The easiest way to prevent back or neck pain from an operation is simply not undergoing the surgery. While this seems like obvious advice, it is amazing how often it is not heeded, despite there being no medical indication for the surgery to begin with. The vast majority of spinal operations are not necessary, nor are they even rated as being effective for the conditions targeted. This includes spinal fusions, discectomies, laminectomies and the wide range of minimally invasive practices like IDET and nucleoplasty. Very few patients actually must undergo any type of spinal surgery and only a minority of patients enjoy lasting relief from whatever pain they currently have after spinal surgery. However, a fair percentage of patients have new pains brought on by the surgery, while an even larger number cite symptomatic escalation of their old complaints postoperatively.
Surgeries outside the spinal anatomy are often elective, as well, or performed prematurely for conditions that do not objectively require invasive care. Barring life-saving techniques, many internal operations on the torso are deemed truly unnecessary by objective medical observers.
Therefore, the easiest way to prevent pain from occurring after an operation is to avoid the procedure altogether. If this is an option, then consider it carefully before going under the cruel surgical knife. If not, then you might have to take your chances and try the following preventative strategies to minimize your risks:
Choose the least invasive surgical approach that will still satisfy the objective of the procedure. Less anatomical damage is always better, will heal faster and will pose less risk for immediate and eventual complications.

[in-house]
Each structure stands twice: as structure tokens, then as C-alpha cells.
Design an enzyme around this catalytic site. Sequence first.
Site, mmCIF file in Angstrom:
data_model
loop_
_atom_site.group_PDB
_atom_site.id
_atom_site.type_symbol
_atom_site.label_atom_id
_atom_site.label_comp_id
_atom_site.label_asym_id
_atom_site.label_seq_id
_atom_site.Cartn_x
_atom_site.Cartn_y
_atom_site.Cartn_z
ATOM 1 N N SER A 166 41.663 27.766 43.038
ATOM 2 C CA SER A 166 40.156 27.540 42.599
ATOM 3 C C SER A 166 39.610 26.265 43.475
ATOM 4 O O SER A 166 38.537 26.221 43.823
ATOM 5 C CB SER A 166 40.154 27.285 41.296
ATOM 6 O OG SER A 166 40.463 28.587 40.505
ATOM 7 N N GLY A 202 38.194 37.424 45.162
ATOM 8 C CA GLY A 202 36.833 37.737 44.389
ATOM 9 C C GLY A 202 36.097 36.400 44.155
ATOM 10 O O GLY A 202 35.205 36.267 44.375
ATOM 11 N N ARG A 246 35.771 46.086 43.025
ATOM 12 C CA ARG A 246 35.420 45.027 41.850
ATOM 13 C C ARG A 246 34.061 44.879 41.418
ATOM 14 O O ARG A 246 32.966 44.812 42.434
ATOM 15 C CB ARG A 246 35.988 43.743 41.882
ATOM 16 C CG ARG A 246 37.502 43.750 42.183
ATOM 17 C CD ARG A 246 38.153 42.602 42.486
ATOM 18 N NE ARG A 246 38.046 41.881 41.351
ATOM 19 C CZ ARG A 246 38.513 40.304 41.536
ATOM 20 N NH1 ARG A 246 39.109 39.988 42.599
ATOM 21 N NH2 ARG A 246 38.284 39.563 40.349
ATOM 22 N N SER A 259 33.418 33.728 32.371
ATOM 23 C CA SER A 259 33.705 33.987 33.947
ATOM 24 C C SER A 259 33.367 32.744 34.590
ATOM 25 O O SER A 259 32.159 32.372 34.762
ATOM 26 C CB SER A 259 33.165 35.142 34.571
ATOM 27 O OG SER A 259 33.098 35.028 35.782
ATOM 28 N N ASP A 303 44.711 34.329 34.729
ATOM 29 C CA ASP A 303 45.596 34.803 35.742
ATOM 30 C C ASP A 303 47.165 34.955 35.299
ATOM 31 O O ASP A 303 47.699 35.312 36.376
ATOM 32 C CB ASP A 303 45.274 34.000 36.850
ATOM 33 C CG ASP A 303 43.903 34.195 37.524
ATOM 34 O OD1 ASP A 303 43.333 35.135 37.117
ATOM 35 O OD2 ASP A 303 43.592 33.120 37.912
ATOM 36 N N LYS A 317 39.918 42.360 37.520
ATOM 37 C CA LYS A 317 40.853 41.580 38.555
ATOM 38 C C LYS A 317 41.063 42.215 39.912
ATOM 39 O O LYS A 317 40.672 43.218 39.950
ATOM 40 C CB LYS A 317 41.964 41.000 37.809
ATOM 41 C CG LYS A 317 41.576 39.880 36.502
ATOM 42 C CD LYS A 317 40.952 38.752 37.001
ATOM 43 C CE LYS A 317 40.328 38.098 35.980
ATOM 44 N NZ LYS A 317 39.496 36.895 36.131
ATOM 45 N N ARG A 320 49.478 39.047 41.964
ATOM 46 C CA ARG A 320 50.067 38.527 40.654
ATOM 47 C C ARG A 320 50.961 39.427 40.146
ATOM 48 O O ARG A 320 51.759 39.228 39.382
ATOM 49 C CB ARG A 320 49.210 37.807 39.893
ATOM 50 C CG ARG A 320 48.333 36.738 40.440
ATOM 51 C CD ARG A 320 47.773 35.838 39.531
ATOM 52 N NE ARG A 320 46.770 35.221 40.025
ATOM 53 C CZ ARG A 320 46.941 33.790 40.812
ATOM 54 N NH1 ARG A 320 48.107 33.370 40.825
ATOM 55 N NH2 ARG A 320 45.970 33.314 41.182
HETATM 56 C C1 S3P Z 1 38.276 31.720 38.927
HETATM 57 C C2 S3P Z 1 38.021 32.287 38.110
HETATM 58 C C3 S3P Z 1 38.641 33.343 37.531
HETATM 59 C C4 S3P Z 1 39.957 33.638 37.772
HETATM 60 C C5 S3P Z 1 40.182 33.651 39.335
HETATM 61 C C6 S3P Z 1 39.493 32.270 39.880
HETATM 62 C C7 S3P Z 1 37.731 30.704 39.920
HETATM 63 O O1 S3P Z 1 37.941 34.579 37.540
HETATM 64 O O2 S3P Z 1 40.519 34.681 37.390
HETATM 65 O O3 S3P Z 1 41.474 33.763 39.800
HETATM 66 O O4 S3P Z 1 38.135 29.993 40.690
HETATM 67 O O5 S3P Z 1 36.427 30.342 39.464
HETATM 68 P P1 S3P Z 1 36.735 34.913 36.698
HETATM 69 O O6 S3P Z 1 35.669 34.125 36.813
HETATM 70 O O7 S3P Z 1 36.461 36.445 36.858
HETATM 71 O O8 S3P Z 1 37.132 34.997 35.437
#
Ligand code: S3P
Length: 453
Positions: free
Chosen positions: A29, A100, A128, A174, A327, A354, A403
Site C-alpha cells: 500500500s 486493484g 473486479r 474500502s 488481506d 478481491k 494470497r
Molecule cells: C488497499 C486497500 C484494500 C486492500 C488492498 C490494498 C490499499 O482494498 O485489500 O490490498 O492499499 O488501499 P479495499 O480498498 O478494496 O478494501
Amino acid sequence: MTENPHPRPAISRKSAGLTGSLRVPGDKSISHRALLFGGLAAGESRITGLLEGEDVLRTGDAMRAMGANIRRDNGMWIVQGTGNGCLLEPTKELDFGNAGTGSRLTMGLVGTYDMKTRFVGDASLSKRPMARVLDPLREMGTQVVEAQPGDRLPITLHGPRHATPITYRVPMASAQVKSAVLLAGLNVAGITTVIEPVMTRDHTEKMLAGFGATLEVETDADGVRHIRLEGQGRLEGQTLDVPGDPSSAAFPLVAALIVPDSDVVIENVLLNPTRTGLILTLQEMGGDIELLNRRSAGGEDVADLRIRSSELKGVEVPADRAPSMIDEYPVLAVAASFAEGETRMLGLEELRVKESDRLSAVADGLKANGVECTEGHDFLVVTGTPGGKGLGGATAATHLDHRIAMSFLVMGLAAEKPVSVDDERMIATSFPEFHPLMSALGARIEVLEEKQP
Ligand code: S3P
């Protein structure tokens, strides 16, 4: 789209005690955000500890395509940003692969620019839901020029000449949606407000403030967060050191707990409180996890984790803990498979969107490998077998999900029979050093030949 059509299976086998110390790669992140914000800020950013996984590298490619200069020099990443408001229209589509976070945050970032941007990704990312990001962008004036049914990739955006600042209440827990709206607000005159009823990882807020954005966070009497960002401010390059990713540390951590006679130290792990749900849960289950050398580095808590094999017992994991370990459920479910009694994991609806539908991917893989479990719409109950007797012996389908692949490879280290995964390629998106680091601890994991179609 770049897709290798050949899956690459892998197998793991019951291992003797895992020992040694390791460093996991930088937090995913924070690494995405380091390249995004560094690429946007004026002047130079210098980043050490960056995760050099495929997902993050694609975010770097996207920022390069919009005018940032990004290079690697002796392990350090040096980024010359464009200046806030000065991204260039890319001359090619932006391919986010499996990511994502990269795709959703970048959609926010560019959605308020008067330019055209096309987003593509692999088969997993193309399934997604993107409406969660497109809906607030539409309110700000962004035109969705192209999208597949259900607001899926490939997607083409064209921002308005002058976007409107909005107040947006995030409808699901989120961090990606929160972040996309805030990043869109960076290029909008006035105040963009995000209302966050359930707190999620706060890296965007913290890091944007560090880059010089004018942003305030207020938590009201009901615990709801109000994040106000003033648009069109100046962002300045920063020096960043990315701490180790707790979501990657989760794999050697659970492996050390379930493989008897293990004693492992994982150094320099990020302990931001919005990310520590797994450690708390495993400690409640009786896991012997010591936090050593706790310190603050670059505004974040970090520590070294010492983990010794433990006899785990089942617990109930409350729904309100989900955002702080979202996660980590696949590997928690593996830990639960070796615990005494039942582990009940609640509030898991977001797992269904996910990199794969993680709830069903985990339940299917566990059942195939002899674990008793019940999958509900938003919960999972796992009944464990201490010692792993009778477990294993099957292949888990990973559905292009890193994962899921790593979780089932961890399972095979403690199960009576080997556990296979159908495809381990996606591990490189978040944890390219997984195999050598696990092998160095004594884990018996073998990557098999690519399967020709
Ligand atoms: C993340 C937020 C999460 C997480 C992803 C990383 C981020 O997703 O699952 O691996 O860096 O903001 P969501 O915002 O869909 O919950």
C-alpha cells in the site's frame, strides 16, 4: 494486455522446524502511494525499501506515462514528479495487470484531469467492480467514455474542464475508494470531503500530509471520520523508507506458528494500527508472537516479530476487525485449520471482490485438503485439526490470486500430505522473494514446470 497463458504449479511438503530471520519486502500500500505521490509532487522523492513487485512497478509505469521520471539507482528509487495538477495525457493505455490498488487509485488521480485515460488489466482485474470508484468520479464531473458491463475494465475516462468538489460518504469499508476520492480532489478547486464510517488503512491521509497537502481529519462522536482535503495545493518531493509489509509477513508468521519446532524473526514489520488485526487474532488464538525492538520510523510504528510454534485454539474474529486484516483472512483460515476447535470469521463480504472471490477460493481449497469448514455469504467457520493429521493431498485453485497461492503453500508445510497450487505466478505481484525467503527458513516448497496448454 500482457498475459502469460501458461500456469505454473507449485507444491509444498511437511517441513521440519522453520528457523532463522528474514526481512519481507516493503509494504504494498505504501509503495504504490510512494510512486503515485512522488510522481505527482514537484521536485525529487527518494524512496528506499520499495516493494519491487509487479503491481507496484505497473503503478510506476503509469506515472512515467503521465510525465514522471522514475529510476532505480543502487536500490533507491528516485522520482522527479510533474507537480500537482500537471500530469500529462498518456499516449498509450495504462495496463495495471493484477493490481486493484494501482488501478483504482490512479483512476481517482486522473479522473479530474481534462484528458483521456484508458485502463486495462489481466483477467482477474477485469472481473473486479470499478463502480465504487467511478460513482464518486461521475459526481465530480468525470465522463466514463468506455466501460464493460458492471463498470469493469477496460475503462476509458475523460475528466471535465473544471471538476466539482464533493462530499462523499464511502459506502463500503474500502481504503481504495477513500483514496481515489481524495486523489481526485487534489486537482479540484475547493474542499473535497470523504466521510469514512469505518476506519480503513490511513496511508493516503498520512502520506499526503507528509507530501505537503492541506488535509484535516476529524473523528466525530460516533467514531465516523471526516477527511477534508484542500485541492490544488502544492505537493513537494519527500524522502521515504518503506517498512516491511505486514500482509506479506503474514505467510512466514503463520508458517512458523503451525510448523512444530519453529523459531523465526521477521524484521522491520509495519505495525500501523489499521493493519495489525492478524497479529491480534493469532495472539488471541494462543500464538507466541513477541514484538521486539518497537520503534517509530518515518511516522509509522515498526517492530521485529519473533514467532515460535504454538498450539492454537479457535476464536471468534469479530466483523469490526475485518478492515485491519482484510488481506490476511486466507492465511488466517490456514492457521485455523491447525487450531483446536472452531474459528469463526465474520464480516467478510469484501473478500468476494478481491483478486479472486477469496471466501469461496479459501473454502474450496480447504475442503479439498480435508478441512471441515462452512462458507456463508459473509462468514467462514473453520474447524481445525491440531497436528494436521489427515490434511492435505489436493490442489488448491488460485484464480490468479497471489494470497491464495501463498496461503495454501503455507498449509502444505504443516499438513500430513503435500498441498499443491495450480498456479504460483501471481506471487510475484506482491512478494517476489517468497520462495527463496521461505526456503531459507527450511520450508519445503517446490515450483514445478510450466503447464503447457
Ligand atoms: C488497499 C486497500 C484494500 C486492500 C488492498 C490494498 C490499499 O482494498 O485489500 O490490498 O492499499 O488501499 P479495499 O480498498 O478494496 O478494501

Choose the very best doctor who is available to you. Never simply meet with a surgeon and allow them to operate on you without a thorough investigation of their credentials, surgical record, history of litigation, complaints and professional disciplinary actions. Try to speak to former patients who already had your chosen operation for references.
Be sure to question the doctor about the surgical plan and try to limit their ability to suddenly decide on elective aspects of an operation to make things easier or faster for them. For example, many spinal operations provide a clause that the patient must sign, stating that the surgeon can elect to incorporate spinal fusion into virtually any procedure if and when they feel it is necessary. Now on the rare occasion when fusion is truly needed to save life or preserve spinal stability, this is warranted. However, this clause is routinely exploited by surgeons who simply want to have an easier time during the procedure or just want to make more money. It sounds unconscionable, but we have found it to be the truth in virtually every case where a patient undergoes a discectomy or similar technique and awakes with a fused spine and all the potential problems that accompany it.